In this session we will discuss techniques and tools for writing automated tests that are robust, extensible and maintainable. The speakers will provide an initial presentation of the their own point of view on the subject, but audience participation is expected, and encouraged. Some topics that will be covered: UIAutomator andAndroidViewClient for UI testing on Android; shunit2 and clitest for organizing test suites; best practices for shell scripts.
Being able to see the performance and power impacts of changes in a real world environment such as Android is a prerequisite to doing meaningful development on scheduler-guided frequency (or many other sensitive subsystems). The first half of this session will review setting up the tools to automate testing for performance and power in Android. The second half will cover the results of using these tests to compare the schedutil and interactive governors.
ARM mbed OS is an open source embedded operating system designed
specifically for the “things” in the Internet of Things. It includes all the features you need to develop a connected product based on very small memory footprint ARM Cortex-M microcontrollers, including security,connectivity, an RTOS, and drivers for sensors and I/O devices. You can start developing with mbed OS 5.1.0 today using a choice of 40 different development boards from 11 different providers and a wide choice of toolchains including a complete command line build management and configuration tool mbed CLI, industry standard desktop IDEs or ARM’s free online IDE.
OpenDataPlane provides a portable framework for data plane acceleration that is the basis for higher-level functions such as the full IP protocol stack provided by OpenFastPath (OFP). ODP+OFP in turn can be used to offer acceleration to applications like the open source NGiNX web server. This talk discusses experiences using these tools with a focus on the performance and scaling benefits of using ODP and OFP.
This session is an introductory course on Linux kernel upstreaming fundamentals. The course covers the definition the Linux mainline kernel tree as well as the maintainer hierarchy and processes used to contribute software into the mainline kernel. Special focus is given to understanding what documentation will help understand the process and mechanics in more detail while breaking the workflow into the various steps of upstreaming software patches. The target audience is both software engineers and engineering managers preparing to upstream software into the kernel. The topic requires a solid background in software configuration management terminology and the git SCM tool as well as a good technical understanding of the Linux kernel itself.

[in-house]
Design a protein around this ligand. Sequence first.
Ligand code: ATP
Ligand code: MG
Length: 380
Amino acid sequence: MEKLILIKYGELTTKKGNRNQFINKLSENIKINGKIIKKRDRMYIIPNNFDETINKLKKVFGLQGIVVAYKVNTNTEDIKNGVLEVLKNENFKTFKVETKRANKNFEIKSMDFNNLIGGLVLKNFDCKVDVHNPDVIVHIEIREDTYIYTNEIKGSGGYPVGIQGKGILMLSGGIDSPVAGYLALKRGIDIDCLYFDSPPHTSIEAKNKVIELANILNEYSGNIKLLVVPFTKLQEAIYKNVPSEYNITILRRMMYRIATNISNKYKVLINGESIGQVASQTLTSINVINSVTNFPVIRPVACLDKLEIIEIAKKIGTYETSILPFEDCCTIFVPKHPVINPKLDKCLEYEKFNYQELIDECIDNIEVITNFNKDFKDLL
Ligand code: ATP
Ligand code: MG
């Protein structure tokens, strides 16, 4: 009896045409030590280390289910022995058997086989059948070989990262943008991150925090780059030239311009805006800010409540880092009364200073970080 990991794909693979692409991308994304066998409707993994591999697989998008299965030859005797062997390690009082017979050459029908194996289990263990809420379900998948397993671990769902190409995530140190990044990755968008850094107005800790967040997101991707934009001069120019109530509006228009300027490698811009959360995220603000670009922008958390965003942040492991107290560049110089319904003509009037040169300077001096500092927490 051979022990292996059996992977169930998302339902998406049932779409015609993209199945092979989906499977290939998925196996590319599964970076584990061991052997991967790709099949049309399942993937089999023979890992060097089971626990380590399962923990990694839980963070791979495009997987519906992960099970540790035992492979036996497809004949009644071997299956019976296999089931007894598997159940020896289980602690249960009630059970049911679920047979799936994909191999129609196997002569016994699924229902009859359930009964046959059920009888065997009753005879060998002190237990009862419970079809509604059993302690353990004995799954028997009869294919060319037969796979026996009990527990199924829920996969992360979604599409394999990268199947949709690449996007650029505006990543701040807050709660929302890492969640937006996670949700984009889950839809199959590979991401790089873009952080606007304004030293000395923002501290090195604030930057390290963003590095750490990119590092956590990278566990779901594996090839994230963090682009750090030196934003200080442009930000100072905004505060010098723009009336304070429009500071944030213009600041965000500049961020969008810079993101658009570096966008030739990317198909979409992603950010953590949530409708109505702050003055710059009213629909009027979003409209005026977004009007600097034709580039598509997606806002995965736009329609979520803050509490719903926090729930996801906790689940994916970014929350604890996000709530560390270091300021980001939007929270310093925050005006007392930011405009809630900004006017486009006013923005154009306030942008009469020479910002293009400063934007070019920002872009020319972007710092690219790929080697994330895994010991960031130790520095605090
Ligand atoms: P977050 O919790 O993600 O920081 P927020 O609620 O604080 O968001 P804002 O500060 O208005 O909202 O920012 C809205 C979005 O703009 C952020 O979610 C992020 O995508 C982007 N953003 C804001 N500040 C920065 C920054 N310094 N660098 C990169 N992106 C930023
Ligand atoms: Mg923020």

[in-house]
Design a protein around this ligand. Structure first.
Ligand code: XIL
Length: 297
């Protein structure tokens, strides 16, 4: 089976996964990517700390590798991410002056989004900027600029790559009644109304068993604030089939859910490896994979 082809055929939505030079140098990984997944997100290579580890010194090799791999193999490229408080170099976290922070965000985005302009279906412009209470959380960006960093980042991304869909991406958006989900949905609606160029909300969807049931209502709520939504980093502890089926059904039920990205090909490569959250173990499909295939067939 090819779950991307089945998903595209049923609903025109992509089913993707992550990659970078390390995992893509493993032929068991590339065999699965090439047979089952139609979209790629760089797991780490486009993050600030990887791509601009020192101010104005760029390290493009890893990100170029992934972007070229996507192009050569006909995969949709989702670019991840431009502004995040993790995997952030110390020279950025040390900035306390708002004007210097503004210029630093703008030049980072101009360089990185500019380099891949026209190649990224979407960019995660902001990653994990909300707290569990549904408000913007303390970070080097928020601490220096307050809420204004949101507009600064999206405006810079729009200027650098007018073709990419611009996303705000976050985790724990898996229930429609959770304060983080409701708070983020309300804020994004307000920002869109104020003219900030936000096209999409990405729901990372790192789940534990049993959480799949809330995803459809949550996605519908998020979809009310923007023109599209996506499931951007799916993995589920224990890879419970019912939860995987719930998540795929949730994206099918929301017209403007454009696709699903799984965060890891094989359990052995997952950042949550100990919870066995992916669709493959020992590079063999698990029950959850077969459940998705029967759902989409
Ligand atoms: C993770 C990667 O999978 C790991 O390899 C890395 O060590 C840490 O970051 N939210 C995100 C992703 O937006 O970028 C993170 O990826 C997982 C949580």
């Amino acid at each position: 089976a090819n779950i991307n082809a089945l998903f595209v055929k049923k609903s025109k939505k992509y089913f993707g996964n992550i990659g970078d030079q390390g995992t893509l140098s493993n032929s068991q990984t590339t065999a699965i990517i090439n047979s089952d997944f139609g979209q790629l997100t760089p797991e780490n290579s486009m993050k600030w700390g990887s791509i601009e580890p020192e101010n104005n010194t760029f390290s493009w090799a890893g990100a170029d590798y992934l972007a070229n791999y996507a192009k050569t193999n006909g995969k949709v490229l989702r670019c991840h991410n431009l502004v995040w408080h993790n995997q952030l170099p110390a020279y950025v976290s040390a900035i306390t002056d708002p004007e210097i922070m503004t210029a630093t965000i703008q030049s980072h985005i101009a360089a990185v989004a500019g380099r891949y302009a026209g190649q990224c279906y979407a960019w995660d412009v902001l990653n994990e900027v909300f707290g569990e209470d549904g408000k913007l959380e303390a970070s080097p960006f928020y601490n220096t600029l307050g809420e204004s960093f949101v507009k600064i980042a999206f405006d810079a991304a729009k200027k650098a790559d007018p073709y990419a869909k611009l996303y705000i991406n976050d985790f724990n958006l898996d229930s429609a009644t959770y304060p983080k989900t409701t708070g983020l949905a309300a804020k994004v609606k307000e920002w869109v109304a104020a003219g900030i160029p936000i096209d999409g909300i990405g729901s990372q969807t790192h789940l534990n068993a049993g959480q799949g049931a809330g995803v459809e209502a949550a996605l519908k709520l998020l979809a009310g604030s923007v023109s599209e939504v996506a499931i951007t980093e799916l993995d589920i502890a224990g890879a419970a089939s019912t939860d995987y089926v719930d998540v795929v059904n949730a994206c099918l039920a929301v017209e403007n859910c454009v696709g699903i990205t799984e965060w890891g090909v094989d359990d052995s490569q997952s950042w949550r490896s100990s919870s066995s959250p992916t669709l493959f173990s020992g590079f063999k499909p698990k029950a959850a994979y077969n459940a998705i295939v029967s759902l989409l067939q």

For connected embedded systems we can broadly consider security across four different areas: Security within a cloud application/platform. Lifecycle security for large deployments of embedded devices. Communication security between internet connected systems. Local device security implemented within end nodes. Each connected end node needs to support aspects of lifecycle, communication and device security according to application needs. It is not scalable (or secure or productive) to start from scratch, implementing all of these aspects for each development. It is also not a good idea to implement static, closed, proprietary security systems which rely more on “security by obscurity” than on thorough, continuous and open validation of security implementations. Developers need comprehensive and flexible SW security frameworks with strong links to MCU HW security features that enable them to efficiently implement, validate and deploy “right sized” security solutions. This session will discuss the solutions that are available today, how to reason effectively about application security requirements and opportunities to evolve embedded security solutions in the future.